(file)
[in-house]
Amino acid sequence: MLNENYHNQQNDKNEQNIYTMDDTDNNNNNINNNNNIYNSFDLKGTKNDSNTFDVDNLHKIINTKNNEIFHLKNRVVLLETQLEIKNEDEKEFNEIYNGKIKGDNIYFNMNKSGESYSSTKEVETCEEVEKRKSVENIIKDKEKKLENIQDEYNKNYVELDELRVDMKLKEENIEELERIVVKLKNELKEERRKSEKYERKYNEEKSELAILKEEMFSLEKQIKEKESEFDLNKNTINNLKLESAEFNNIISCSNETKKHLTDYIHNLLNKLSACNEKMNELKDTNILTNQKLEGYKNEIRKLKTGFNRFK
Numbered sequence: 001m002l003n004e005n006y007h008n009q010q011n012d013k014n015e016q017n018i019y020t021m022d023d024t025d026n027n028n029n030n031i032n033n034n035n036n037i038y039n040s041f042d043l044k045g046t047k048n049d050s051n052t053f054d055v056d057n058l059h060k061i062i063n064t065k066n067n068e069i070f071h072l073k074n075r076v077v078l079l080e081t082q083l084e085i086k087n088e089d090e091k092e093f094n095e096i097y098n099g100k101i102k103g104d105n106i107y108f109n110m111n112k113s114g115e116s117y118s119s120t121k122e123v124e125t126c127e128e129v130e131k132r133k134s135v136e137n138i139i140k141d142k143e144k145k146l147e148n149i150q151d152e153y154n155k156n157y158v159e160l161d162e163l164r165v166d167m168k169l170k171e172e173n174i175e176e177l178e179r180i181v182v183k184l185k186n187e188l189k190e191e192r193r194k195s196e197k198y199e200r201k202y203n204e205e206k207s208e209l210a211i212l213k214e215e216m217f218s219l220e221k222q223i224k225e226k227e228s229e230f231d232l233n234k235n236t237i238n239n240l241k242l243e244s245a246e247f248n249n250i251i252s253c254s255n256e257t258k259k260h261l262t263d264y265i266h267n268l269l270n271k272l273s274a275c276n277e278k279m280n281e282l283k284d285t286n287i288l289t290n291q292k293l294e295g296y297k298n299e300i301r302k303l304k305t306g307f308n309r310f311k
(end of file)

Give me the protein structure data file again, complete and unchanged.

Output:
[in-house]
Amino acid sequence: MLNENYHNQQNDKNEQNIYTMDDTDNNNNNINNNNNIYNSFDLKGTKNDSNTFDVDNLHKIINTKNNEIFHLKNRVVLLETQLEIKNEDEKEFNEIYNGKIKGDNIYFNMNKSGESYSSTKEVETCEEVEKRKSVENIIKDKEKKLENIQDEYNKNYVELDELRVDMKLKEENIEELERIVVKLKNELKEERRKSEKYERKYNEEKSELAILKEEMFSLEKQIKEKESEFDLNKNTINNLKLESAEFNNIISCSNETKKHLTDYIHNLLNKLSACNEKMNELKDTNILTNQKLEGYKNEIRKLKTGFNRFK
Numbered sequence: 001m002l003n004e005n006y007h008n009q010q011n012d013k014n015e016q017n018i019y020t021m022d023d024t025d026n027n028n029n030n031i032n033n034n035n036n037i038y039n040s041f042d043l044k045g046t047k048n049d050s051n052t053f054d055v056d057n058l059h060k061i062i063n064t065k066n067n068e069i070f071h072l073k074n075r076v077v078l079l080e081t082q083l084e085i086k087n088e089d090e091k092e093f094n095e096i097y098n099g100k101i102k103g104d105n106i107y108f109n110m111n112k113s114g115e116s117y118s119s120t121k122e123v124e125t126c127e128e129v130e131k132r133k134s135v136e137n138i139i140k141d142k143e144k145k146l147e148n149i150q151d152e153y154n155k156n157y158v159e160l161d162e163l164r165v166d167m168k169l170k171e172e173n174i175e176e177l178e179r180i181v182v183k184l185k186n187e188l189k190e191e192r193r194k195s196e197k198y199e200r201k202y203n204e205e206k207s208e209l210a211i212l213k214e215e216m217f218s219l220e221k222q223i224k225e226k227e228s229e230f231d232l233n234k235n236t237i238n239n240l241k242l243e244s245a246e247f248n249n250i251i252s253c254s255n256e257t258k259k260h261l262t263d264y265i266h267n268l269l270n271k272l273s274a275c276n277e278k279m280n281e282l283k284d285t286n287i288l289t290n291q292k293l294e295g296y297k298n299e300i301r302k303l304k305t306g307f308n309r310f311k